Distribution maps, together with brief descriptions of the distribution and of the birds themselves, appear on the pages facing the plates. The maps, at least for those species with which I am most familiar, seem relatively accurate (with an exception mentioned below). It is noticeable here that those species which are restricted to the southern third of the continent are shown on a base map limited to Africa south of the Equator and their distributions are hence shown in more detail than those species confined to East or West Africa for which the base map is the entire continent, plus Arabia, even if the bird concerned is confined to Principe or Socotra!
The species texts are divided into sections entitled Field Identification, Description (which includes treatment of subspecies), Measurements, Voice, Distribution and Population, Habitat, Food and Feeding, Behaviour and, in some cases, Principal References. For the Common Starling Sturnus vulgaris this runs to over six pages; for Coppery-tailed Starling it is not much more than half a page (while for a number of Asian taxa it is not even that), illustrating how little is known about some species. The authors appear to have mined the literature well (there are over 20 pages of references at the end of the book) with facts and observations thoroughly referenced in the text.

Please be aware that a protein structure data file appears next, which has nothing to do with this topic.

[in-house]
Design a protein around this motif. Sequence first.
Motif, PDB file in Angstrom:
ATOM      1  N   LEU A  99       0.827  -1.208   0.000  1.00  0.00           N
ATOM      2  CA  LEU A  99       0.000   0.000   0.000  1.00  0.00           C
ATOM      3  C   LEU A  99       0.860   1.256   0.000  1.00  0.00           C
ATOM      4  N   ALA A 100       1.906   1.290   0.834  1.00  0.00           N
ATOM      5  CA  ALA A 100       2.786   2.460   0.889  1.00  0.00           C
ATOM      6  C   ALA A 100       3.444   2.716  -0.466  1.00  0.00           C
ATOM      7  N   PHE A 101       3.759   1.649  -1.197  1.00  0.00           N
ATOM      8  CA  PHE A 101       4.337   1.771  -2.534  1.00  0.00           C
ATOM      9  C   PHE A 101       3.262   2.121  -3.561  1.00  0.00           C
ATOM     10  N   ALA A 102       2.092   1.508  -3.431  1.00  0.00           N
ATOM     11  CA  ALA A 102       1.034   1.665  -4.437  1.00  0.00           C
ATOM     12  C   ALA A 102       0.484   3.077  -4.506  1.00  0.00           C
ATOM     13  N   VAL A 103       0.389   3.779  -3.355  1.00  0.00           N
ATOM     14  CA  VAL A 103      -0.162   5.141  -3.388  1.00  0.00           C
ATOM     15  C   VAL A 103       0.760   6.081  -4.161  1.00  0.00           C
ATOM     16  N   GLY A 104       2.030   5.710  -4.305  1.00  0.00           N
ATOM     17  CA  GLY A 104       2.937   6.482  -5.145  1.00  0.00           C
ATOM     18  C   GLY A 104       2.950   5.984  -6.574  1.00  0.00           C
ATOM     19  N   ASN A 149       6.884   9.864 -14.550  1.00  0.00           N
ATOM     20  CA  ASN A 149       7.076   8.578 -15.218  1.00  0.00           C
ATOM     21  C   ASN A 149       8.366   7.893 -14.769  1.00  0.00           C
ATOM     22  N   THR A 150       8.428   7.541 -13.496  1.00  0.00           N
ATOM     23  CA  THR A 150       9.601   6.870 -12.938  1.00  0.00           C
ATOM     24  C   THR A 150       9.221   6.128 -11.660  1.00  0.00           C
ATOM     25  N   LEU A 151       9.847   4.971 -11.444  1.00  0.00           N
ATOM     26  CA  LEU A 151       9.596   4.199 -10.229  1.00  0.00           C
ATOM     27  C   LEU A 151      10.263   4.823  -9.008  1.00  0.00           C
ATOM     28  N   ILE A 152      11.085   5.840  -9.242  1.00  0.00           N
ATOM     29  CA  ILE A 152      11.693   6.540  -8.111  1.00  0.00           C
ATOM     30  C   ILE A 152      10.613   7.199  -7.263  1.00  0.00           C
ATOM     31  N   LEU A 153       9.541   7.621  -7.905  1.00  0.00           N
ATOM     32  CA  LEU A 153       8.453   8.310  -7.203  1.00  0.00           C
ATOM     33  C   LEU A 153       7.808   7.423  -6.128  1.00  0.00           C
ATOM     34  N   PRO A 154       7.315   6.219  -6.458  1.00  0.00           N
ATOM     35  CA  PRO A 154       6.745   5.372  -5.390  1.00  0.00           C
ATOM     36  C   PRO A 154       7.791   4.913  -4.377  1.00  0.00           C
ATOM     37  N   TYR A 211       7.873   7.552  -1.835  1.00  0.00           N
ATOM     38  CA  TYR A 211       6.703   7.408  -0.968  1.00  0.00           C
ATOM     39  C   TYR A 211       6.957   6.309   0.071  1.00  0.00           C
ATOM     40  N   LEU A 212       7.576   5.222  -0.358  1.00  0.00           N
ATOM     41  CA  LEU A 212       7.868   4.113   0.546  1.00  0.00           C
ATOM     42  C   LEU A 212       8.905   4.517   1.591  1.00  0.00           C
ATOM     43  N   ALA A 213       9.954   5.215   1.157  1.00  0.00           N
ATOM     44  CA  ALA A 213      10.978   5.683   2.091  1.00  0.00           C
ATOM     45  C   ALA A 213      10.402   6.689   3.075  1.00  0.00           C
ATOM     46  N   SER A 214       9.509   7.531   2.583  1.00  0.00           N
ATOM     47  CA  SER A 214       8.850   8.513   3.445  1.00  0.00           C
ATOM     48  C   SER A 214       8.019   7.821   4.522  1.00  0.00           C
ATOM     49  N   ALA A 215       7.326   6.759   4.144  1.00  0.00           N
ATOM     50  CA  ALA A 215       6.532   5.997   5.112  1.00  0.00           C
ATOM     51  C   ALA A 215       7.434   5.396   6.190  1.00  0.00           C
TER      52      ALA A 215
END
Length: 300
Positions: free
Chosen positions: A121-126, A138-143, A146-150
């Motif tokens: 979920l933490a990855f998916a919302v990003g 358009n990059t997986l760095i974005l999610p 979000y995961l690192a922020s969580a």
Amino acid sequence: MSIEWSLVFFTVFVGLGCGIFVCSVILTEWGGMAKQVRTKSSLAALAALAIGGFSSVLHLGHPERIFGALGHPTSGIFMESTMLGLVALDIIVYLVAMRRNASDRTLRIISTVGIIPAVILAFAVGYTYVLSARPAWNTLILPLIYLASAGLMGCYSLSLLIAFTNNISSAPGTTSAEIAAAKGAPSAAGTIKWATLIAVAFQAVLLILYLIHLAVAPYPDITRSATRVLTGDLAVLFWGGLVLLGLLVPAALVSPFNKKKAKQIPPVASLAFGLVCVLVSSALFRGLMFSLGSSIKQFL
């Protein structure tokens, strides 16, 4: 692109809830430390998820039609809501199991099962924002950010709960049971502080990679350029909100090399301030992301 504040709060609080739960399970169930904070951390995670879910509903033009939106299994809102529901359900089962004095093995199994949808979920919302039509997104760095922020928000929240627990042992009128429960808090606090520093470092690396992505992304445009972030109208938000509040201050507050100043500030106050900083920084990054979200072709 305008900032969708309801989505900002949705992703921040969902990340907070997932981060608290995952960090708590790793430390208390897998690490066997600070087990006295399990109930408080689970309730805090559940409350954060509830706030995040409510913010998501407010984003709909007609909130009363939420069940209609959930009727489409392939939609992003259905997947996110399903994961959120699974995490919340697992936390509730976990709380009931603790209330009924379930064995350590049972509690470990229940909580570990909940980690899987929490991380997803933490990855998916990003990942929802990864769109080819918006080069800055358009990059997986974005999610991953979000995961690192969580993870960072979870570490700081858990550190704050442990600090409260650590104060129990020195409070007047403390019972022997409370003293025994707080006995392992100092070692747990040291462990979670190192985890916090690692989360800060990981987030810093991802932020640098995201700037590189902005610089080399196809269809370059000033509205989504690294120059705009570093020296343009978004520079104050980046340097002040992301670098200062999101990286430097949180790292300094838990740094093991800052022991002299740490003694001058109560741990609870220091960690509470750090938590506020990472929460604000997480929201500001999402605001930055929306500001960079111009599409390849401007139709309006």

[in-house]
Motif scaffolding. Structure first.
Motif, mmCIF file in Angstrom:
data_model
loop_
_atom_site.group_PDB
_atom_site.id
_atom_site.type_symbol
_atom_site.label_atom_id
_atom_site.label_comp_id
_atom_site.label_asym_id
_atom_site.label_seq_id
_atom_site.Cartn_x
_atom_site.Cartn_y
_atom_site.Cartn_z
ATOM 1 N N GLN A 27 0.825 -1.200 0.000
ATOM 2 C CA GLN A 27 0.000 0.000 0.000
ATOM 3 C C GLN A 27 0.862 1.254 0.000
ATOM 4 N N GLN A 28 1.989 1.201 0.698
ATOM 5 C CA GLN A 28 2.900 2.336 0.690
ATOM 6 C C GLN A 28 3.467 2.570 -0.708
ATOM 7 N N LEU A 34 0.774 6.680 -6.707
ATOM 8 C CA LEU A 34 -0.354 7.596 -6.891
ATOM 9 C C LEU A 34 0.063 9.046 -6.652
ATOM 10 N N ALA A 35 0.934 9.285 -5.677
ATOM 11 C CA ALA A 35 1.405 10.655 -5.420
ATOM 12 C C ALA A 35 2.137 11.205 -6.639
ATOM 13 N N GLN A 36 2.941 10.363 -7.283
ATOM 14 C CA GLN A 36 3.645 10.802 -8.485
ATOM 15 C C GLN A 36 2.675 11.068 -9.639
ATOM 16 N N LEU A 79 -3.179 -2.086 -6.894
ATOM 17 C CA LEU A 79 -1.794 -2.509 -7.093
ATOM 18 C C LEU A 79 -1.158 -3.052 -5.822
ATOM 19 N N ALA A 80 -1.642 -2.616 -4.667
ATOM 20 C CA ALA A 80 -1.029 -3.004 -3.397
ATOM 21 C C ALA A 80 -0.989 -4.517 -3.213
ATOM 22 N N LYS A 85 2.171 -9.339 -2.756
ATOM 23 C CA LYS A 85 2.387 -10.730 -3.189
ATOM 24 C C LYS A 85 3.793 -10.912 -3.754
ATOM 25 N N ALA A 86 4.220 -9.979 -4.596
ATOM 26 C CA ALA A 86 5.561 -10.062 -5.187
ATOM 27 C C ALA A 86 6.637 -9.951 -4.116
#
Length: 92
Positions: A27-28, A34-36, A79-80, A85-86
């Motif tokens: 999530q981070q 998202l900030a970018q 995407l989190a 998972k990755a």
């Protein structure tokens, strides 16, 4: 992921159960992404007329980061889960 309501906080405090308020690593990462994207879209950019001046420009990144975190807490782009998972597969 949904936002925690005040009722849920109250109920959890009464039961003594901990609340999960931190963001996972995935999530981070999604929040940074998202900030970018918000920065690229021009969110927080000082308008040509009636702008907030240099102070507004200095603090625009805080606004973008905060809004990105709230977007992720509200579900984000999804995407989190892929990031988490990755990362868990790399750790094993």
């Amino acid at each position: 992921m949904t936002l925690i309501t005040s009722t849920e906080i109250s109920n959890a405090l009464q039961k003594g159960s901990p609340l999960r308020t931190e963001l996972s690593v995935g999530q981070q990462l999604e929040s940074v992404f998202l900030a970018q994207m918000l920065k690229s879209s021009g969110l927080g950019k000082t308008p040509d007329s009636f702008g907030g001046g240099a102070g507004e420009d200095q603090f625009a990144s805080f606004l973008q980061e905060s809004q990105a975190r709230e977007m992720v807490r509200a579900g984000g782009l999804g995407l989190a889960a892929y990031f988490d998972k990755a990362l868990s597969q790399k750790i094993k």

The species treatment adopted here for African taxa is, unlike the generic one, conservative. There is one exception to this; the West African forms (from western Sudan westwards) of Red-winged Starling Onychognathus morio are separated as Neumann's Red-winged Starling O. neumanni. We are not told why the authors have made this decision, nor how the two species differ from each other. Indeed, the entire treatment of O. neumanni appears strange. It is given species number 104 while O. morio is 94 so they appear remote from each other both in the text and on the plates. One has to dig deep into the paragraph on Onychognathus at the beginning of the book to be told that neumanni was formerly treated as a race of O. morio but for the reasons why it is treated so no longer, one is referred to Craig (1988). This reference proves to be to a paper published in Bonner zoologische Beitrage. Now, at the risk of accusations of chauvinism, I would have thought this source was not so widely available that a repetition of the justification for this split was unwarranted. It has certainly not, in the 10 or so years since publication, been adopted anywhere in the West African sub-region, so far as I am aware. Finally, the map for O. neumanni is at odds with the distribution given for the species in the text; the latter correctly includes Cote d'lvoire and Burkina Faso, while the former omits these.
Nevertheless, this is cavilling and does not detract from the overall depth and quality of the scholarship that has gone into this publication. I certainly think the authors will succeed in their stated main aim, that of stimulating further research and debate on all matters starling. Stunning birds, excellent book.